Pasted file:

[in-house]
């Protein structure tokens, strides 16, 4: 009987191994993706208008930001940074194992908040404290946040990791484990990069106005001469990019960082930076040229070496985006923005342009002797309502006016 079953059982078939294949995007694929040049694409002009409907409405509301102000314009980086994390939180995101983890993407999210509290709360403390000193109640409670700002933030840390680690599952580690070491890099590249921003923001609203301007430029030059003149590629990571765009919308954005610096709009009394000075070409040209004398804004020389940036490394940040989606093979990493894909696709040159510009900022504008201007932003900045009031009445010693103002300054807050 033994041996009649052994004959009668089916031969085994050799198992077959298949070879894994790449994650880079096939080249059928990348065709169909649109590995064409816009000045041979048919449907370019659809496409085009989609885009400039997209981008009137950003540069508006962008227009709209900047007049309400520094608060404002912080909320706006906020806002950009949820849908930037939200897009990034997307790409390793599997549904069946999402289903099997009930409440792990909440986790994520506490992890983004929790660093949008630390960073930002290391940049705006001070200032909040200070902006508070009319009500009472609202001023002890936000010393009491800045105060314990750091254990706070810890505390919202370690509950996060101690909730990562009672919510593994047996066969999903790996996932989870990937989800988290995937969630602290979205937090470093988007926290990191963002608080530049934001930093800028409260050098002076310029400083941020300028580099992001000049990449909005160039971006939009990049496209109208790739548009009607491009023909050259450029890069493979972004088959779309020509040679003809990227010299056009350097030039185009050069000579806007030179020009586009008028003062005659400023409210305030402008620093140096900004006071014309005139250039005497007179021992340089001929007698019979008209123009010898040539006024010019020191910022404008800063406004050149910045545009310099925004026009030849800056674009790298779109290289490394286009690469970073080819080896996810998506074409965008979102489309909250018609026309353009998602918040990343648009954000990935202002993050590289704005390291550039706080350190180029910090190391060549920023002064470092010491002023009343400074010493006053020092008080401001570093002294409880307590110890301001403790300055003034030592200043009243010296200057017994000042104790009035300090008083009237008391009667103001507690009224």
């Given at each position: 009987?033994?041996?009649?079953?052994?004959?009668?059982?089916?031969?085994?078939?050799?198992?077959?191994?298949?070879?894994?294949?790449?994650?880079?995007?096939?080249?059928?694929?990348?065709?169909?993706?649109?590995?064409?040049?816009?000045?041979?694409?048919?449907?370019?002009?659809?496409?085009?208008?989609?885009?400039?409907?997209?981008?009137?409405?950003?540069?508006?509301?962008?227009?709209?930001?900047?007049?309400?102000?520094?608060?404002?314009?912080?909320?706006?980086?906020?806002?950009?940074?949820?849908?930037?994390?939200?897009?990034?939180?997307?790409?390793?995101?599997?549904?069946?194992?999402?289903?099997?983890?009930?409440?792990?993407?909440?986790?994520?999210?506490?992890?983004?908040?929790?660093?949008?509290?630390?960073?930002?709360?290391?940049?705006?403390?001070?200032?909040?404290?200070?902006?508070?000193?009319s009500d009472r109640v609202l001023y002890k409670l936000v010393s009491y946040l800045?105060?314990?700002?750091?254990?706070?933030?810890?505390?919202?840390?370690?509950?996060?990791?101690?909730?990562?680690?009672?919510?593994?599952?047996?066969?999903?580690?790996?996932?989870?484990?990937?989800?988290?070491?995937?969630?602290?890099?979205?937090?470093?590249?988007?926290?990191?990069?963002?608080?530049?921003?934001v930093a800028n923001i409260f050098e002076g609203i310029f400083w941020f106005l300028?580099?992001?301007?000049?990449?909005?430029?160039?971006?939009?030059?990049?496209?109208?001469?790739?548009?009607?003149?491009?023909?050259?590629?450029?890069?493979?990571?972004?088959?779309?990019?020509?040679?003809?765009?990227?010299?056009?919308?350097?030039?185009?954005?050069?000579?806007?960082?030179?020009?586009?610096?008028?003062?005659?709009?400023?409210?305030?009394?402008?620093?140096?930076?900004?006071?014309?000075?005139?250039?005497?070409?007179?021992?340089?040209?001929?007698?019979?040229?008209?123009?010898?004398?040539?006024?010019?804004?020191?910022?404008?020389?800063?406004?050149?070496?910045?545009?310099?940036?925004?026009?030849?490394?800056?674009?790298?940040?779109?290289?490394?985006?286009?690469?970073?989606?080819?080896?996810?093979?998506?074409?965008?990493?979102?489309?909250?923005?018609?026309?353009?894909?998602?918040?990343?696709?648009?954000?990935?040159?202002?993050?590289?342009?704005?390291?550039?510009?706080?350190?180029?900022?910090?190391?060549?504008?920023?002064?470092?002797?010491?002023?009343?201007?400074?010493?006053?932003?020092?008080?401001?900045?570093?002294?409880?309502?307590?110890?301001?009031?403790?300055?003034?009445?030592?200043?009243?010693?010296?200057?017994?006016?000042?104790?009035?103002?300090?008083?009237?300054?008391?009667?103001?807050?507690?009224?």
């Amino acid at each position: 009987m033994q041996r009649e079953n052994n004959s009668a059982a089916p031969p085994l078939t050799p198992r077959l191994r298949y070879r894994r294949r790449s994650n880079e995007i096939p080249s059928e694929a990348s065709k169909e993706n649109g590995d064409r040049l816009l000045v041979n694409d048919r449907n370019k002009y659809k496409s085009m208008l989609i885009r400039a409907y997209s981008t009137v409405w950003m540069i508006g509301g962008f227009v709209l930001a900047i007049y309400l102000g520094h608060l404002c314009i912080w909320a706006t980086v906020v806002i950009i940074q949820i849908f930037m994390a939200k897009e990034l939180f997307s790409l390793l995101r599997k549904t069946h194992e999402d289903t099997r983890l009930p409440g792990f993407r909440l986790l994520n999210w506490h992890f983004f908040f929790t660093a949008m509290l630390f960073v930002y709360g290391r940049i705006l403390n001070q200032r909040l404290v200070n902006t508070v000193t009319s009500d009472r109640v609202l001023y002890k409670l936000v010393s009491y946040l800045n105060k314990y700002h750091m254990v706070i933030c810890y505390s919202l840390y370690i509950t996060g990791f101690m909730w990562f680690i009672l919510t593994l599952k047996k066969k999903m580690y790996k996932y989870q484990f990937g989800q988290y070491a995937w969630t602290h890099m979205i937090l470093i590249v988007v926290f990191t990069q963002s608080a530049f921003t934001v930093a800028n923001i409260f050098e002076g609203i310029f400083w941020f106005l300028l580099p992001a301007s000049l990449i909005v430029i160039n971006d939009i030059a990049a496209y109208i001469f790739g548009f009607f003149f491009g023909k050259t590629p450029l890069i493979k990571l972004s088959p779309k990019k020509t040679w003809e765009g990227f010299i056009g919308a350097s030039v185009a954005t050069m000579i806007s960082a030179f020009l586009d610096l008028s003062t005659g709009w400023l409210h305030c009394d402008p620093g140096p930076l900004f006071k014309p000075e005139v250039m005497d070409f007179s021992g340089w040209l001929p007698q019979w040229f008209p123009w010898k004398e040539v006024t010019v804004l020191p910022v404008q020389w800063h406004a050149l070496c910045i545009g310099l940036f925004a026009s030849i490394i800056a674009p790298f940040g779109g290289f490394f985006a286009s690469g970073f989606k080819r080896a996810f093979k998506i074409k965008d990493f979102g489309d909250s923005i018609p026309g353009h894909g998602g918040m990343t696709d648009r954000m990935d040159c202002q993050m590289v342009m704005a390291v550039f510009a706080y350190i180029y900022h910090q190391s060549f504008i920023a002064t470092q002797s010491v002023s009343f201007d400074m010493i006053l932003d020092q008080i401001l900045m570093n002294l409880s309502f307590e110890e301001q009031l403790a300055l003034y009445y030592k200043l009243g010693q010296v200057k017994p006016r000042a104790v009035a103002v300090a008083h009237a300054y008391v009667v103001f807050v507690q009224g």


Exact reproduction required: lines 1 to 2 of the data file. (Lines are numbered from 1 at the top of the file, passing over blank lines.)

[in-house]
């Protein structure tokens, strides 16, 4: 009987191994993706208008930001940074194992908040404290946040990791484990990069106005001469990019960082930076040229070496985006923005342009002797309502006016 079953059982078939294949995007694929040049694409002009409907409405509301102000314009980086994390939180995101983890993407999210509290709360403390000193109640409670700002933030840390680690599952580690070491890099590249921003923001609203301007430029030059003149590629990571765009919308954005610096709009009394000075070409040209004398804004020389940036490394940040989606093979990493894909696709040159510009900022504008201007932003900045009031009445010693103002300054807050 033994041996009649052994004959009668089916031969085994050799198992077959298949070879894994790449994650880079096939080249059928990348065709169909649109590995064409816009000045041979048919449907370019659809496409085009989609885009400039997209981008009137950003540069508006962008227009709209900047007049309400520094608060404002912080909320706006906020806002950009949820849908930037939200897009990034997307790409390793599997549904069946999402289903099997009930409440792990909440986790994520506490992890983004929790660093949008630390960073930002290391940049705006001070200032909040200070902006508070009319009500009472609202001023002890936000010393009491800045105060314990750091254990706070810890505390919202370690509950996060101690909730990562009672919510593994047996066969999903790996996932989870990937989800988290995937969630602290979205937090470093988007926290990191963002608080530049934001930093800028409260050098002076310029400083941020300028580099992001000049990449909005160039971006939009990049496209109208790739548009009607491009023909050259450029890069493979972004088959779309020509040679003809990227010299056009350097030039185009050069000579806007030179020009586009008028003062005659400023409210305030402008620093140096900004006071014309005139250039005497007179021992340089001929007698019979008209123009010898040539006024010019020191910022404008800063406004050149910045545009310099925004026009030849800056674009790298779109290289490394286009690469970073080819080896996810998506074409965008979102489309909250018609026309353009998602918040990343648009954000990935202002993050590289704005390291550039706080350190180029910090190391060549920023002064470092010491002023009343400074010493006053020092008080401001570093002294409880307590110890301001403790300055003034030592200043009243010296200057017994000042104790009035300090008083009237008391009667103001507690009224």